Legislative ambiguity and the accurate identification of seriously emotionally disturbed

Rick Ostrander, Robert Colegrove, Neil H. Schwartz

Research output: Contribution to journalArticlepeer-review


This study surveyed 127 school psychologists practicing under three types of state criteria that are used in identifying children as seriously emotionally disturbed (SED). The school psychologists were required to read 12 behavioral descriptions of specific disorders defined in the Diagnostic and Statistical Manual of Mental Disorders, Vol. 3 (DSM III) and indicate whether the targeted DSM III conditions qualified as SED/BD (behavior disordered). The responses were then compared with a legal interpretation of the public law and examined to determine if the tendency of school psychologists to identify DSM III conditions differed across the three types of state criteria. The marked discrepancies were examined between the school psychologists' judgements concerning eligibility and the legal interpretation of eligibility for classification as SED. Additionally, the results indicated that school psychologists practicing under behavioral-oriented classification criteria were significantly more likely to identify acting-out children as eligible for classification and less likely to identify children with an affective disorder. The implications of the findings are discussed.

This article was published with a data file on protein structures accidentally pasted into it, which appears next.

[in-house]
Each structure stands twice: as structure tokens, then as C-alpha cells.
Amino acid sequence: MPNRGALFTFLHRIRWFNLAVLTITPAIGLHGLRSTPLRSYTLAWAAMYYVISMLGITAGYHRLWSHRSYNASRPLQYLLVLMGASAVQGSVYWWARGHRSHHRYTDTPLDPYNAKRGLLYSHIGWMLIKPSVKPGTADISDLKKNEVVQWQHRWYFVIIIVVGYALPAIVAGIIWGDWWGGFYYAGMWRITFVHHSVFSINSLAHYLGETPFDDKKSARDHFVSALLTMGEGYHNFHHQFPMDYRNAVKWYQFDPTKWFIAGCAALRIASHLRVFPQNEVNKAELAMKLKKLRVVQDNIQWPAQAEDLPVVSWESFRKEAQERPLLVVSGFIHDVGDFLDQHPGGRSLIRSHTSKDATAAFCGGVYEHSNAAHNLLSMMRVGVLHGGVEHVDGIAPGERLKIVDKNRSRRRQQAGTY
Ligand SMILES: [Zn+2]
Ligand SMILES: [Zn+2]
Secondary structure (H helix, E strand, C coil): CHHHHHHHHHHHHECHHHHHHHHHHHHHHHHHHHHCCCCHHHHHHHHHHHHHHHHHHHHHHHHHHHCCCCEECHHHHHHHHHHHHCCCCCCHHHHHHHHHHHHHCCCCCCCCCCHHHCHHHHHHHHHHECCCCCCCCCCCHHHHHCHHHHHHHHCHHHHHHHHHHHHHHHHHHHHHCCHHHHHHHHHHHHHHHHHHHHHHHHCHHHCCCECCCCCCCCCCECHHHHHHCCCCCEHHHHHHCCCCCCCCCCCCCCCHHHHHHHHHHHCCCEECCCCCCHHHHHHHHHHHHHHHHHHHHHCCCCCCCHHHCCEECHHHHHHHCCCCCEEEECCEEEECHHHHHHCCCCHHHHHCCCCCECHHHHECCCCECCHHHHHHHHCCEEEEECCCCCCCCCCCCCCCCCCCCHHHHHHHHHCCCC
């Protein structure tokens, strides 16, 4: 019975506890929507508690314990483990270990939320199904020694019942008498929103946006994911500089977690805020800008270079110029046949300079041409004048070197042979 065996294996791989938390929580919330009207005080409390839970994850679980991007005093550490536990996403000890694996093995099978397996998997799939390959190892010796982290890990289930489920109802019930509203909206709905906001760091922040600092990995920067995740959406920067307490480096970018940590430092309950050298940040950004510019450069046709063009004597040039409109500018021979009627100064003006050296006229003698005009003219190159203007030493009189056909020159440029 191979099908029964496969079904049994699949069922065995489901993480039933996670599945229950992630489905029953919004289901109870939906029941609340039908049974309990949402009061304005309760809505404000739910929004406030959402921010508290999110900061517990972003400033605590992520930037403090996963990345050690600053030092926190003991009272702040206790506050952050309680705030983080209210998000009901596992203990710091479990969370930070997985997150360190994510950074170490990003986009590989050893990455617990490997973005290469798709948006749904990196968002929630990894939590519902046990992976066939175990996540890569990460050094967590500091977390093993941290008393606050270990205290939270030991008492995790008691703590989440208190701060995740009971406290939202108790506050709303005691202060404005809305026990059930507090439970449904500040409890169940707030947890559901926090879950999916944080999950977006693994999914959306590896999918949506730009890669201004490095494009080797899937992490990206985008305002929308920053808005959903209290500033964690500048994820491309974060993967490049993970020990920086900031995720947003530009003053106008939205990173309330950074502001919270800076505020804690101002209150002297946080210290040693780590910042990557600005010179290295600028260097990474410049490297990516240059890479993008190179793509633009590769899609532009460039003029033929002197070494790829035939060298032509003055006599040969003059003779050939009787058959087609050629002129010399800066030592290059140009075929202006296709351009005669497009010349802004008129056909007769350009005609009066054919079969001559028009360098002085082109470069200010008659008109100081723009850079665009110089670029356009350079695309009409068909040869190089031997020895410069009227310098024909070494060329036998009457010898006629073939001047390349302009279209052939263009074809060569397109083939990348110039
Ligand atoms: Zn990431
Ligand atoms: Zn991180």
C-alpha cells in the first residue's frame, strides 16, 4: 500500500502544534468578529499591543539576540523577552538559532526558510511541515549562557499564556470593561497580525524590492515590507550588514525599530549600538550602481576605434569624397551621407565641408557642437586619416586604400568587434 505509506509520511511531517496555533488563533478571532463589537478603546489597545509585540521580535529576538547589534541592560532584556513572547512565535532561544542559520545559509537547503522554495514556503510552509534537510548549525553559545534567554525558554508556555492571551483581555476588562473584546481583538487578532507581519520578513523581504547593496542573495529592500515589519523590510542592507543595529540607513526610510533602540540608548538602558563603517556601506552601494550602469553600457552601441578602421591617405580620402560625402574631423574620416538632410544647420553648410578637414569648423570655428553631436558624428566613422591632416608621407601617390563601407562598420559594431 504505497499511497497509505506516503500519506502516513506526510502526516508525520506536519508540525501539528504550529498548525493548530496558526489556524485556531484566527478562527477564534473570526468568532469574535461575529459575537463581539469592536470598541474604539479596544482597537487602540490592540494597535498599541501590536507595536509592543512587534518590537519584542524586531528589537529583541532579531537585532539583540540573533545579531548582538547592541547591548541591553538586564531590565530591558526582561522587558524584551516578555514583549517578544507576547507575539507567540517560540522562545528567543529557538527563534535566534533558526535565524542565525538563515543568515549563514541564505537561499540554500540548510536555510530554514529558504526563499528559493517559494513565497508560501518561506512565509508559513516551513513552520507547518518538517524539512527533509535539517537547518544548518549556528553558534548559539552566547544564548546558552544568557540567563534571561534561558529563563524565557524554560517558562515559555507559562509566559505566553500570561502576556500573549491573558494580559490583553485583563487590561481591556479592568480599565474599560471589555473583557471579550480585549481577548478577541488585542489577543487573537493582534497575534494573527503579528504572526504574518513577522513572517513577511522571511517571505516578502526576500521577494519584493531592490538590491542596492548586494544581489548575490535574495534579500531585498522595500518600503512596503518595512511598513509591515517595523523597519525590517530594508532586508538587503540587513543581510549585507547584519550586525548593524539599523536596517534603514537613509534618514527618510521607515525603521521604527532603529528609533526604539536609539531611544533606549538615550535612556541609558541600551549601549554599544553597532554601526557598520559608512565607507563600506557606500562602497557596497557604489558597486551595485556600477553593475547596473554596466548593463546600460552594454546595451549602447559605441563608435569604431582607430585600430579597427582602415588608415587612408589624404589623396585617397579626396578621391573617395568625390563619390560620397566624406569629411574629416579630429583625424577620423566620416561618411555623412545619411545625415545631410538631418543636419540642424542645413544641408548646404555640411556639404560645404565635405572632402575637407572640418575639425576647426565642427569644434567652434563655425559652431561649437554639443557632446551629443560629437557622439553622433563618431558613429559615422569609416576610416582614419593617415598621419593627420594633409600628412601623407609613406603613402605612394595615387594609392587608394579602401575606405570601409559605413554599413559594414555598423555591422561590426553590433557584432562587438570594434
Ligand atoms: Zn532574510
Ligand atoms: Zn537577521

Original languageEnglish (US)
Pages (from-to)77-85
Number of pages9
JournalJournal of School Psychology
Issue number1
StatePublished - Jan 1 1988
Externally publishedYes

ASJC Scopus subject areas

  • Education
  • Developmental and Educational Psychology


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